Space-age EV Alphard-looking Volvo EM90 meets its practical past, the Volvo PV 445 Duett
CY Foong · Nov 17, 2023 03:30 PM
Perhaps two different thoughts come to mind when mentioning Volvo to someone, safety or wagons. Though Volvo announced that it would begin discontinuing station wagons in favour of crossovers and SUVs, during the launch of its first MPV, the Volvo EM90, the Swedes brought out a historic model.
If someone were to publish a story on Volvo’s association with the station wagon, its origins would surely tie back to the Volvo PV 445 Duett. It was based on the PV 444/544, a car that saved Volvo in the post-war era.
While the PV sedan was built on a unibody platform, the Duett sat on a ladder frame chassis. Though this was heavily criticised, Volvo’s first station wagon was designed more for commercial use than a family car.
3 body styles were offered for the Duett – a station wagon, a panel van, and a rolling chassis platform with a bare rear. Volvo intended the Duett to be a dual-usage vehicle, a delivery vehicle during the weekdays and a family car for the weekends.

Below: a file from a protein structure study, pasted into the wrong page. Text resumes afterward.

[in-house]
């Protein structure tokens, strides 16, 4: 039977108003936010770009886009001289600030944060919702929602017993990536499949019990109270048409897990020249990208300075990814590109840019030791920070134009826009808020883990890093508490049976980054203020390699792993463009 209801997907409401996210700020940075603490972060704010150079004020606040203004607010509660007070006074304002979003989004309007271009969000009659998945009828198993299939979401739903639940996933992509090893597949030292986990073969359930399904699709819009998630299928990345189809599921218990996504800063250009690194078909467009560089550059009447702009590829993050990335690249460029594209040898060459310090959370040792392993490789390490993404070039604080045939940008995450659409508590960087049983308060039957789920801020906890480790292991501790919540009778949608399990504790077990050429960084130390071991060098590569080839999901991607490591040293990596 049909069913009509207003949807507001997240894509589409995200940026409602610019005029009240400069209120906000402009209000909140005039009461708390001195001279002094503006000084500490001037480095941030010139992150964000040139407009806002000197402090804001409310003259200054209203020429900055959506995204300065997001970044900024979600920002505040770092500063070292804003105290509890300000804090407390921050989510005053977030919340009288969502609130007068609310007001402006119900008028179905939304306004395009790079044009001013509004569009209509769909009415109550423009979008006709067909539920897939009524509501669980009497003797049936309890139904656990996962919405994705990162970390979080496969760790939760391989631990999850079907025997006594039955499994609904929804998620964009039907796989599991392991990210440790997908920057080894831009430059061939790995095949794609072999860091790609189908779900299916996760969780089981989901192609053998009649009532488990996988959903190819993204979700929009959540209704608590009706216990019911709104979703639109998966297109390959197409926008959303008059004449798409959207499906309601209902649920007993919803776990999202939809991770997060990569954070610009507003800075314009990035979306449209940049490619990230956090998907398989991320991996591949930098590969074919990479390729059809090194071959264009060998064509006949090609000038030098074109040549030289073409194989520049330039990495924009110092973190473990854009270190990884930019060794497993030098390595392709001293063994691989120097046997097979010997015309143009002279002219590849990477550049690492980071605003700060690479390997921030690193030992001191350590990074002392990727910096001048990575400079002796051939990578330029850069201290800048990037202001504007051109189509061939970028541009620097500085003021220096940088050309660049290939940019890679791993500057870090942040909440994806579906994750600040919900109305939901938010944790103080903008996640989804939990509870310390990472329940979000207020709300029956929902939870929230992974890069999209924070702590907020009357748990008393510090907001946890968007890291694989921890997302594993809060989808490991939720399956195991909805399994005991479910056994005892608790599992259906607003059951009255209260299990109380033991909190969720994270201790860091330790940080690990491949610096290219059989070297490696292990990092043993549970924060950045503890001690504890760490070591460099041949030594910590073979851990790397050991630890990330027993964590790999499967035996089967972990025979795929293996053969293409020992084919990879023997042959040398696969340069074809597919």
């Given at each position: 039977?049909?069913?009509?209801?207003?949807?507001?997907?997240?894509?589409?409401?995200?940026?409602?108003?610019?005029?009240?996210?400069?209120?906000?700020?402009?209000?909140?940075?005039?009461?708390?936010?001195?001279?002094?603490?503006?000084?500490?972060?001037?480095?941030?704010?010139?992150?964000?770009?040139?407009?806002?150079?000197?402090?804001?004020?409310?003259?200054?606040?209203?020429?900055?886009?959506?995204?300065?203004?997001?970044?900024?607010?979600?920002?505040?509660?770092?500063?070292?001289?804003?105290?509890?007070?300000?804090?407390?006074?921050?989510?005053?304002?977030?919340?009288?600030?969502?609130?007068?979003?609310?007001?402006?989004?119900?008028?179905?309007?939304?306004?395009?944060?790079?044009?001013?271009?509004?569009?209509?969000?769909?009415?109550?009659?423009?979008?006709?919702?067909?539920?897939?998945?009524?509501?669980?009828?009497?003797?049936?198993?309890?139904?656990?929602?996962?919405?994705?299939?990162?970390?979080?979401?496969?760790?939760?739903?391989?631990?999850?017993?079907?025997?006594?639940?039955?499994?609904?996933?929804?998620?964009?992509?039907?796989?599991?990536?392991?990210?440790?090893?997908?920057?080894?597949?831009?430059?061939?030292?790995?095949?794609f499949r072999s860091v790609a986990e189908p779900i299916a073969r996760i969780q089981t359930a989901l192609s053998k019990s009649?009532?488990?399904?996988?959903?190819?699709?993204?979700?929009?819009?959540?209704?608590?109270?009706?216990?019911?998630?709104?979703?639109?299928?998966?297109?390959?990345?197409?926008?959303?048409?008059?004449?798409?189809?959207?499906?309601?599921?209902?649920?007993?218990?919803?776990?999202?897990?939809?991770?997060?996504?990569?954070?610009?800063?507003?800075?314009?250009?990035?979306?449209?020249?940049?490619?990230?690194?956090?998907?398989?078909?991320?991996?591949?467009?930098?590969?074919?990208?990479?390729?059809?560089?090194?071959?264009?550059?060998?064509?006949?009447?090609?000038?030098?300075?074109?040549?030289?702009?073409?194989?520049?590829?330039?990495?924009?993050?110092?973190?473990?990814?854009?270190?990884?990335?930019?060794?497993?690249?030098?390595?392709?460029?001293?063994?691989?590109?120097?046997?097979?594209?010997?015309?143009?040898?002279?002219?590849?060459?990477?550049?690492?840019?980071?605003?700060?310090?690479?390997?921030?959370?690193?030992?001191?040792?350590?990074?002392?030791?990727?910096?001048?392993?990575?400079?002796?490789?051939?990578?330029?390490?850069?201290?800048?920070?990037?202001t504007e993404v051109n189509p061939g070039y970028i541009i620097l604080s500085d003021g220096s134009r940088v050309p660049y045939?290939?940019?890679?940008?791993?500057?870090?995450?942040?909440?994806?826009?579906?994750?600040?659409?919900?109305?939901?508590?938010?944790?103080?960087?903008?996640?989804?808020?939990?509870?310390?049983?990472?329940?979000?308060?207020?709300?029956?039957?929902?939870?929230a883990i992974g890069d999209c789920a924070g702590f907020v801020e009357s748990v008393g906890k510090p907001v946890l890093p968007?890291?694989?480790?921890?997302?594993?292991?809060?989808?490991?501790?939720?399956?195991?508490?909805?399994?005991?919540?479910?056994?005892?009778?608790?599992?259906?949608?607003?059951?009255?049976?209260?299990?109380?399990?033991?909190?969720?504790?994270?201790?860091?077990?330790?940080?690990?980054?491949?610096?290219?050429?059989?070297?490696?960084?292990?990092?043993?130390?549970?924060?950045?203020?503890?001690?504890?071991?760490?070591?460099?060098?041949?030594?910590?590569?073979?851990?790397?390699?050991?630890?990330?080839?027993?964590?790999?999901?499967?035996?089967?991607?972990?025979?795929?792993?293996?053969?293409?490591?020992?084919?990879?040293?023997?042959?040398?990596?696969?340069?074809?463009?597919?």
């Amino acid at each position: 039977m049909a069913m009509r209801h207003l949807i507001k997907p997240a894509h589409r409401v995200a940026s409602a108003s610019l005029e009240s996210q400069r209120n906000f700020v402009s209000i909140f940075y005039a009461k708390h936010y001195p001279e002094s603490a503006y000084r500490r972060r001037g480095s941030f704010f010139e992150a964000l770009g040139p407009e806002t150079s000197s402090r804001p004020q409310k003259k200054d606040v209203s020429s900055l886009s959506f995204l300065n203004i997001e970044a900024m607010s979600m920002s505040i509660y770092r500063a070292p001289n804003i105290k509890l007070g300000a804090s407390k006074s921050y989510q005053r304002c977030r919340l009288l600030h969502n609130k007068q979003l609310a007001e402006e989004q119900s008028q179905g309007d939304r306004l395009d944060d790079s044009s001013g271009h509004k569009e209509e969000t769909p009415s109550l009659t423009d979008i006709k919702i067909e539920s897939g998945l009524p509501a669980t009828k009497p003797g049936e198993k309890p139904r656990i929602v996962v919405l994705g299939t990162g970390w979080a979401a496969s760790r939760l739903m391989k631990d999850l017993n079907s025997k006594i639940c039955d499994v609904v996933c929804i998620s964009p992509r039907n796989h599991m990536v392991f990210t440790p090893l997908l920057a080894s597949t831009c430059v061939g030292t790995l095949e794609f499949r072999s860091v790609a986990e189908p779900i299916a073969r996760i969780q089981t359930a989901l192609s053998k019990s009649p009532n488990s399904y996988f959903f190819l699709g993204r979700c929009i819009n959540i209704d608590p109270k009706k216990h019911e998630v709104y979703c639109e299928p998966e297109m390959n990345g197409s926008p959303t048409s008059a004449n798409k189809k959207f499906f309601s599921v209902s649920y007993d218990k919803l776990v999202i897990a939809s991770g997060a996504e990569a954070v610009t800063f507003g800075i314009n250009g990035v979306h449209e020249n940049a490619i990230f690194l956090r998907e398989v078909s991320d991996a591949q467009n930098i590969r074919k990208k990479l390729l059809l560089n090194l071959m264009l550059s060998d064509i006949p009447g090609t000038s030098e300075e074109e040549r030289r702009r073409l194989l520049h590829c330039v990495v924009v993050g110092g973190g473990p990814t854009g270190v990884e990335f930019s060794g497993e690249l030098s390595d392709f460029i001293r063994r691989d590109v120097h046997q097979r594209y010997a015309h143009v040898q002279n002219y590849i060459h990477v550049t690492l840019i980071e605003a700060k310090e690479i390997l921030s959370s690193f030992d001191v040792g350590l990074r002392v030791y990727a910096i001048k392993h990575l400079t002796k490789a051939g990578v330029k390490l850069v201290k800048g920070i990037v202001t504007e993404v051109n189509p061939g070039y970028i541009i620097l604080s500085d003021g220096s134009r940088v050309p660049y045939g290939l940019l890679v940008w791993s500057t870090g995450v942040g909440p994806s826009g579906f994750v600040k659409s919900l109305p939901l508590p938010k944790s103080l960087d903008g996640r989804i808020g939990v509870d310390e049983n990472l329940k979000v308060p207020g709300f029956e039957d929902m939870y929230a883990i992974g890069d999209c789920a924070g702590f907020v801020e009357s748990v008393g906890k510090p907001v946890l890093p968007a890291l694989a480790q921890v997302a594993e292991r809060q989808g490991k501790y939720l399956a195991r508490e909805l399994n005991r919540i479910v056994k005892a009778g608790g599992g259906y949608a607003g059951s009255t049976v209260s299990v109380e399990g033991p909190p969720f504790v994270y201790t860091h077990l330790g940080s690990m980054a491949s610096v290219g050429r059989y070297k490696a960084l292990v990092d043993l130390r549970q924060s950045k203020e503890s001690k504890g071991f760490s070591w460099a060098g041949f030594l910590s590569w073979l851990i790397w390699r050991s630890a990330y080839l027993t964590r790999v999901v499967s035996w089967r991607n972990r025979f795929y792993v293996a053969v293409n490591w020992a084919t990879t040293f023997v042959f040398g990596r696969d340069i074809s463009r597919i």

The Duett was a simple station wagon with only 3 doors but its title as the father of Volvo wagons wouldn’t have existed if it wasn’t for a lot filled with unsold units. In 1952, Volvo had 1,500 unsold delivery chassis of the 445 parked outside the factory and this annoyed Volvo’s then-president, Assar Gabrielsson.
The Volvo 445 was a rolling chassis mainly sold to coachbuilders to convert into trucks, vans, and other commercial vehicles. So rather than cutting losses, Gabrielsson decided that the company should build its own van instead and within 15 months, the first Duett was delivered to its first customer, the boss himself.
The Duett would eventually gain a fanbase, even more than the modern 444/544 sedans. Its design was quintessential for the 1950s but its wagon shape proved to be endearing more than 60 years later.
It was practical and being built on a ladder-frame chassis meant it was a proper workhorse with some still serving their owners till today. The Duett would continue its production until 1969 as the last ladder-frame Volvo car with over 100,000 units built in total.
The Duett started a long line of Volvo station wagons that would be as synonymous with the brand as much as its innovations in safety. However, in an era where SUVs and crossovers are more profitable, those days have wound down significantly.
The Volvo EM90 isn’t exactly a true Volvo model as it is a rebadged Zeekr 009 but the practicality that made the Duett and other Volvo wagons fan favourites will live on.